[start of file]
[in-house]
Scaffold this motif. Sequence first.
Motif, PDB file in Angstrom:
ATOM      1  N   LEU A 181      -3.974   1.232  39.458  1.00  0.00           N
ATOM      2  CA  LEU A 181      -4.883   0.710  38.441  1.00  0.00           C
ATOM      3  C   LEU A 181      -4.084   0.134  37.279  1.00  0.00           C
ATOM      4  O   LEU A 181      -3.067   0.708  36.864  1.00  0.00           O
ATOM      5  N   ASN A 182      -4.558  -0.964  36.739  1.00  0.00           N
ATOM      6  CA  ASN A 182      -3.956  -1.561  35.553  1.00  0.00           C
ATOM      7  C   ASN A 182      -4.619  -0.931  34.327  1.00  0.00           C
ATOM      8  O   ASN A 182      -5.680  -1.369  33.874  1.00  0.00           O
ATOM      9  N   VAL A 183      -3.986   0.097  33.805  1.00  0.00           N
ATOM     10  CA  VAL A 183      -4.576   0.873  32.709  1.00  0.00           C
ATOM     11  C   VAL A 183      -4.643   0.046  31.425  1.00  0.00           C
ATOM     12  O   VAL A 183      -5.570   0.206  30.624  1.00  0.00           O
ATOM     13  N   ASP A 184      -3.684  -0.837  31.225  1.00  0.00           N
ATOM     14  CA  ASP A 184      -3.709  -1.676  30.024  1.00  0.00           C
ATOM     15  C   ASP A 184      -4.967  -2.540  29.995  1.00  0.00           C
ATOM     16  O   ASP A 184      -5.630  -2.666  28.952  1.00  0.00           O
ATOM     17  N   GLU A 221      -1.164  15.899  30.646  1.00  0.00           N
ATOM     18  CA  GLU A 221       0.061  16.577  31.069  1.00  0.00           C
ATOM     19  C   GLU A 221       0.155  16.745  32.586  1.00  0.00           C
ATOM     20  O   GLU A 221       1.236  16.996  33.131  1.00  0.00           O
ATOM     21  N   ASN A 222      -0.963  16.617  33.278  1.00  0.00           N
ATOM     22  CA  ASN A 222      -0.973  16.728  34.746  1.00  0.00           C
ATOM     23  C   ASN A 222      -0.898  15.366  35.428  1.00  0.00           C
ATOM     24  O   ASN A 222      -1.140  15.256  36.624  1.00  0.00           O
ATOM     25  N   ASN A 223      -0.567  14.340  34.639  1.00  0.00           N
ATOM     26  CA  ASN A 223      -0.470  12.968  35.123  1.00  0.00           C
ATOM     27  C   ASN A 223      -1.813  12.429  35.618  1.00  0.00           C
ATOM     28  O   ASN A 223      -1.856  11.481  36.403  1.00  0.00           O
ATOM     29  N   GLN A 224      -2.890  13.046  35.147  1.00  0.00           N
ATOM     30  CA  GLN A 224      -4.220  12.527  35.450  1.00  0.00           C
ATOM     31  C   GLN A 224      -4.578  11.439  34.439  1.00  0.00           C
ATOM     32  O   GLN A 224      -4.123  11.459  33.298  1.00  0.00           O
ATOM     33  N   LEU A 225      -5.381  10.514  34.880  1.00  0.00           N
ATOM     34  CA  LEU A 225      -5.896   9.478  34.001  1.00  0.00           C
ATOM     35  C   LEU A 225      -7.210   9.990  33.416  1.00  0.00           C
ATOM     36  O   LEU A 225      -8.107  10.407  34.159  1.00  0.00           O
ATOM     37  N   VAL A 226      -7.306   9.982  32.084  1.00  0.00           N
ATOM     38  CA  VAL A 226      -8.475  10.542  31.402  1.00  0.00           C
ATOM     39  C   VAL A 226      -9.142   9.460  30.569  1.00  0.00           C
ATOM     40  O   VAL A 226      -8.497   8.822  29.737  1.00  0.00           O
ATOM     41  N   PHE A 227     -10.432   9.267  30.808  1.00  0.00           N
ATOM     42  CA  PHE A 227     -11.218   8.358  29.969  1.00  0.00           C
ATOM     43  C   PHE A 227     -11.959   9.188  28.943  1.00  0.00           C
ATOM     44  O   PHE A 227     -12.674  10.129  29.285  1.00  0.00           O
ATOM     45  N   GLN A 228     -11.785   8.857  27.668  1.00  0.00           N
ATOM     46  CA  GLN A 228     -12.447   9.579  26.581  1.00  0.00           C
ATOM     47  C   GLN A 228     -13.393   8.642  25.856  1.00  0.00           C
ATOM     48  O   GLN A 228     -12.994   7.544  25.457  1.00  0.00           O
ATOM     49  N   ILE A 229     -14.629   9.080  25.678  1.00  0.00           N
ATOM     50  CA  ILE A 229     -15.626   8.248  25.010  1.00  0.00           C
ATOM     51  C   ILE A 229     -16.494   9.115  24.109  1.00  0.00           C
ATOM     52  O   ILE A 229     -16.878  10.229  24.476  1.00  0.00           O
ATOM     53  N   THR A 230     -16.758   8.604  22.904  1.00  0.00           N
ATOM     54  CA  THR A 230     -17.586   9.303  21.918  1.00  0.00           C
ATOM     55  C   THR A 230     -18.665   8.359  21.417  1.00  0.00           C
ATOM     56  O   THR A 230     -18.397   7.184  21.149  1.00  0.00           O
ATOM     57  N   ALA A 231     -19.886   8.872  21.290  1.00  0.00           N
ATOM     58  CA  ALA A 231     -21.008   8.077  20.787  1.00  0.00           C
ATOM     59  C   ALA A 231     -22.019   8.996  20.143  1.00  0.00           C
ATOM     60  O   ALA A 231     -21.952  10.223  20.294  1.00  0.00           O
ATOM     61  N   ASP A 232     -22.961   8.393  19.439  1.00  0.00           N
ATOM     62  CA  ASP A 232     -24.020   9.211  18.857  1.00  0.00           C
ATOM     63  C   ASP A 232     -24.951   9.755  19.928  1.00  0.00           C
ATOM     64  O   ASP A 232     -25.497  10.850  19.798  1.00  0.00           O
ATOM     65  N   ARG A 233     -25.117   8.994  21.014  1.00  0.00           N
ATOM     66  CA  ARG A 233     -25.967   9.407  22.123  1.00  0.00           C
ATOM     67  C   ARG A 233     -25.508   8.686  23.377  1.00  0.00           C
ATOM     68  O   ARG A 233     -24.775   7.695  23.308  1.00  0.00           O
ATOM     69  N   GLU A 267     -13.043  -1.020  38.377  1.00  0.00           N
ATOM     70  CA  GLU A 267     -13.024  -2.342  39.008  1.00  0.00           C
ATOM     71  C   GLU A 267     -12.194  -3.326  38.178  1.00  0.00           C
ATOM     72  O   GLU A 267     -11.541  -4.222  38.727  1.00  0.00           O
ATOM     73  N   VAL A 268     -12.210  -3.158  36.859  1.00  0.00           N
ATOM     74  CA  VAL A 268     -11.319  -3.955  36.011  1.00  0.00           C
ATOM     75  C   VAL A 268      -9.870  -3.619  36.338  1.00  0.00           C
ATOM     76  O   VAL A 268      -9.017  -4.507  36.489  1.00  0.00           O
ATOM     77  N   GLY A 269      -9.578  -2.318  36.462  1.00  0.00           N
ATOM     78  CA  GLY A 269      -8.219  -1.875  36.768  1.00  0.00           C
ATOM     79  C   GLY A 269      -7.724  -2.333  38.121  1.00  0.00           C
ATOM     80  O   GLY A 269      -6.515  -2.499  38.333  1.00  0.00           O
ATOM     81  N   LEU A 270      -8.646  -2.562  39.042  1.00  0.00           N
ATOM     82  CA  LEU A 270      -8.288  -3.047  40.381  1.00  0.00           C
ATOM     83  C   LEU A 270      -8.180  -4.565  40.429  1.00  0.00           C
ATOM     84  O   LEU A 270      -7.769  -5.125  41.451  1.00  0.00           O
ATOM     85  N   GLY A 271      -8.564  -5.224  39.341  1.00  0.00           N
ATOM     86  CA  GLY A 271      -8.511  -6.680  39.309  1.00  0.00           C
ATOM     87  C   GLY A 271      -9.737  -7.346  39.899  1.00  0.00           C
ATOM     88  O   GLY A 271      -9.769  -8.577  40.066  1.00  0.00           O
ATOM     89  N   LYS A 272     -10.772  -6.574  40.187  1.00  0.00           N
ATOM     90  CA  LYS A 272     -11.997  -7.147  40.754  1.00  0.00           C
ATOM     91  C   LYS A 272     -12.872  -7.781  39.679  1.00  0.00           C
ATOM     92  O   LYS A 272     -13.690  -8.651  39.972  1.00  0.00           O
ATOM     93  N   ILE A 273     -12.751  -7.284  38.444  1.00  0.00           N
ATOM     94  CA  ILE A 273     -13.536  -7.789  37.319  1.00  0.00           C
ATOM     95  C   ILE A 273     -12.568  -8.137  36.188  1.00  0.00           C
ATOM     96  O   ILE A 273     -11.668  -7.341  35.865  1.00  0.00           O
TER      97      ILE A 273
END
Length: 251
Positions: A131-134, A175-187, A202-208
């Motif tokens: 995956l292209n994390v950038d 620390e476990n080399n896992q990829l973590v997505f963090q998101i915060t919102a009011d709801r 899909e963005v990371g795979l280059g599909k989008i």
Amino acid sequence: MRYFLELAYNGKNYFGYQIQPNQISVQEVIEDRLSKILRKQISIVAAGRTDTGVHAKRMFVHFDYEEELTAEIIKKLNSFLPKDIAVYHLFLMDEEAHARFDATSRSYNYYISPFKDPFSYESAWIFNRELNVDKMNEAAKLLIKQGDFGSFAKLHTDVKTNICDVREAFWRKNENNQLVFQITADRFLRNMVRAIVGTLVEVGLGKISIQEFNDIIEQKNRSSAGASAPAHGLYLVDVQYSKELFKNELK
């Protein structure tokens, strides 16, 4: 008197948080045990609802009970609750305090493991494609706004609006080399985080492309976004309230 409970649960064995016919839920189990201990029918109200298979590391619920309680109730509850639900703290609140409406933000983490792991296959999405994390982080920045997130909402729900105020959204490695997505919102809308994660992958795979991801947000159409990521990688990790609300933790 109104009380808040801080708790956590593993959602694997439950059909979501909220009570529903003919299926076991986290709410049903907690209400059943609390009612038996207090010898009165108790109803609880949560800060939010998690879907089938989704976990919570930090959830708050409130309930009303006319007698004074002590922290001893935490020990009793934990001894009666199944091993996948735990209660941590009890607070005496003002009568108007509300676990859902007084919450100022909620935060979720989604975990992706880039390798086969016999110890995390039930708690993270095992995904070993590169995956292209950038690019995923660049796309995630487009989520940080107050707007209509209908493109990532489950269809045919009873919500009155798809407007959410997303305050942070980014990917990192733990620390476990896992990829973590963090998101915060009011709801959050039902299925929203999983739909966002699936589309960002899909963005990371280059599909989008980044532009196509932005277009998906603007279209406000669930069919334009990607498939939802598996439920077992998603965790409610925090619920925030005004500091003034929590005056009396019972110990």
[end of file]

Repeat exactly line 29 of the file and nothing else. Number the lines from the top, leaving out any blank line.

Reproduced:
ATOM     26  CA  ASN A 223      -0.470  12.968  35.123  1.00  0.00           C